November 16, 2000

**Section 3.4
Recursive Algorithms**

INTRODUCTION

Problem of finding of *gcd(a,b) *with *a < b *can
be reduced to finding of *gcd(b mod a, a) *since

the problem has been reduced to some initial case for which the solution are known.

In the case of

**Definition 1 **An algorithm is called **recursive
**if it solves a problem by reducing it to an instance

of the same problem with smaller input.

Recursive version of the Euclidean algorithm is given in
Example2. As we can see, in a recursive

algorithm we call a procedure from its inside, i.e. a procedure calls *itself.
*Example 4 gives the recursive version of the binary search algorithm.

RECURSION AND ITERATION

A recursive algorithm is an algorithm that proceeds by
reducing a problem to the same problem

with smaller input.

An iteration is a procedure based on the repeated use of operations in a loop.

Analyze Algorithms 5 and 6 to understand the difference
between an iterative algorithm and a

recursive algorithm.

Go over Algorithms 7 and 8 to compare and contrast the iterative and recursive
approaches

to computing Fibonacci numbers.

November 08, 2000

**Section 3.3
Recursive Definition**

INTRODUCTION

RECURSIVELY DEFINED FUNCTIONS

Inductive or recursive
definition of a function defined on the set of nonnegative integers.

How to define factorial function *f(n) = n! *recursively
- see Example 2.

Why recursively defined functions and sequences are well
defined?

Definition of **Fibonacci
numbers ** - Example 5.

The important property of Fibonacci numbers is given in
Example 6.

Prove this property by the second principle of mathematical
induction.

**Lame's Theorem: **Let *a*
and *b *be positive integers with *a >= b. *Then the number of
divisions used by

the Euclidean
algorithm to find *gcd(a,b) is O(log b)*.

The proof of Lame's Theorem is strongly based on the inequality established in Example 6.

RECURSIVELY DEFINED SETS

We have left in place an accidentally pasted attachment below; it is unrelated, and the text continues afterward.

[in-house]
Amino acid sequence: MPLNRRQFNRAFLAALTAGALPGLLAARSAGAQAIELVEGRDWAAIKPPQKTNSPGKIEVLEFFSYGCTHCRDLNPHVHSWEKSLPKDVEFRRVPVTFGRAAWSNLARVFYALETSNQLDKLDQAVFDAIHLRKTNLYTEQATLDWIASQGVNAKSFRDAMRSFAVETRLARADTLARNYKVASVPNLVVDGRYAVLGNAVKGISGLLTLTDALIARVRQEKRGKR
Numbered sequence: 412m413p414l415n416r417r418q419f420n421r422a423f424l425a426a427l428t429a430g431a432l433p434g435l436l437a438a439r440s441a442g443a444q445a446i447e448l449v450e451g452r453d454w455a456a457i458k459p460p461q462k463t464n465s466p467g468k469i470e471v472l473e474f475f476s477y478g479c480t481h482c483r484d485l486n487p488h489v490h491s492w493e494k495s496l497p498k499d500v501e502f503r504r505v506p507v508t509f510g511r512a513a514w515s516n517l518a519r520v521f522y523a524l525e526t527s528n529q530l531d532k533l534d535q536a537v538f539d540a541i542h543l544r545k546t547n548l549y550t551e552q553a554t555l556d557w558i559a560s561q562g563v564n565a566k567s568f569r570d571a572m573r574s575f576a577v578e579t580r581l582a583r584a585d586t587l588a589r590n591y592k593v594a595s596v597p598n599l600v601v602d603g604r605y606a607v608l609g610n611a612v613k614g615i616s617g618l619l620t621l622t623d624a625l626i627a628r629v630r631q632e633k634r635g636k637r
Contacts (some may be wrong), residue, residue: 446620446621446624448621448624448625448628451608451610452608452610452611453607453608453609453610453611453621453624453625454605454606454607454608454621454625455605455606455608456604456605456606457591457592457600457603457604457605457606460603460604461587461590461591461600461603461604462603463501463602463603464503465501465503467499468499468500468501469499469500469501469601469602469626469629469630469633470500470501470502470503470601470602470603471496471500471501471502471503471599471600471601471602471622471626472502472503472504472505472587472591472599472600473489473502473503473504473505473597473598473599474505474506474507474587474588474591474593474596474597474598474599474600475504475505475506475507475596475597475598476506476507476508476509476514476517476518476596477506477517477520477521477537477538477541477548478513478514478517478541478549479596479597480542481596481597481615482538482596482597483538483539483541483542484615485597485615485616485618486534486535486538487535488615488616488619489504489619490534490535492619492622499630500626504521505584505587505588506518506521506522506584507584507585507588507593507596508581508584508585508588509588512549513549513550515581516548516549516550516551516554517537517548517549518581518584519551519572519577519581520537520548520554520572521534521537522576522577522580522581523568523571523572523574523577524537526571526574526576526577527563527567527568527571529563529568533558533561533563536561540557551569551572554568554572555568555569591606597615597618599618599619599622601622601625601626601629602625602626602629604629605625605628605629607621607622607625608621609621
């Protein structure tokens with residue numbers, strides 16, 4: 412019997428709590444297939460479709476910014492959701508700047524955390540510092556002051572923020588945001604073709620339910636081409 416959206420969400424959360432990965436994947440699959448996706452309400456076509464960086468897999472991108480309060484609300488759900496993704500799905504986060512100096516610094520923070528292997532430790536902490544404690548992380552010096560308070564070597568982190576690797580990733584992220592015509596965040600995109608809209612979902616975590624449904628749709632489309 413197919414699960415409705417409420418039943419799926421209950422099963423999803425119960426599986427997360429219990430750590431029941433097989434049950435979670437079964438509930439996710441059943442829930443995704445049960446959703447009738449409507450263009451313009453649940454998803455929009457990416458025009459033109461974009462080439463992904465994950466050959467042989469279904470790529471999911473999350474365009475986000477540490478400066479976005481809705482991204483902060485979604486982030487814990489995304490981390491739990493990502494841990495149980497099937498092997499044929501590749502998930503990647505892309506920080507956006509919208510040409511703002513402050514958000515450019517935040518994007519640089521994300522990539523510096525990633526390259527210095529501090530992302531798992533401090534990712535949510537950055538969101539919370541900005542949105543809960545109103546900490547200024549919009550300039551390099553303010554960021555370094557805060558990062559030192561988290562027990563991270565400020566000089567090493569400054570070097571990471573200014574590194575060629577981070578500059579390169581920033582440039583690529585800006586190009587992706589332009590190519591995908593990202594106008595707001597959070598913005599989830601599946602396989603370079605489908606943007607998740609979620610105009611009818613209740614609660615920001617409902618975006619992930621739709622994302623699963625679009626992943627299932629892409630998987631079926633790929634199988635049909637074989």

How to use inductive
(recursive) definitions to define sets.

Go over Example 8.

How **well-defined formulae **are
defined.

See Example 8 or 9.

Recursive definitions and
study of strings.

Recursive definition of the set of strings over given
alphabet (Example 12).

October 27, 2000

**Section 3.2 Mathematical
Induction**

INTRODUCTION

THE WELL-ORDERING PROPERTY (AXIOM) of the set of integers

MATHEMATICAL INDUCTION

**Steps of a proof by induction:
**

**
**__Base Case: __Prove *P(1)* is true

__Induction Hypothesis__: Assume *P(k)* is true for any arbitrary
chosen

positive integer *k*

__Induction Step__:
Prove that *P(k+1)* must also be true.

__Conclusion__:
*P(n)* is true for all positive integers *n*

Hence, a proof by mathematical induction consists of two steps:

1.
*Basis step*: The proposition *P(1)* is shown to be true.

2.
*Inductive step*: The implication *P(k) à
P(k+1)* is shown to be true for every positive integer *k.*

**Why is mathematical induction
a valid proof technique?**

Prove
that by using the well-ordering property.

**Note that mathematical induction can NOT be used to
find formulae or to formulate theorems, but
can be used to prove that a formula or theorem is correct.**

To learn how to prove equalities and inequalities by
mathematical induction see Examples 2, 3, and 10. Also, see Examples 4, 8, 11,
and
12.

THE SECOND PRINCIPLE OF MATHEMATICAL INDUCTION

1.
*Basis step*: The proposition *P(1)* is shown to be true.

2.
*Inductive step*: The implication [*P(1)&P(2)& ...
&P(k)*]* à
P(k+1)* is shown to be true for every positive integer *k.*

How to prove theorems using the second principle of mathematical
induction?

Go over the
Example 13, which proves that every positive integer is a product of

primes (do base case for the integer 2 instead of the
integer 1, since 1 is not a prime number).

**Note** that this example proves the existence part of the Fundamental
Theorem of Arithmetic and thus, completes the proof of the

Fundamental
Theorem of Arithmetic.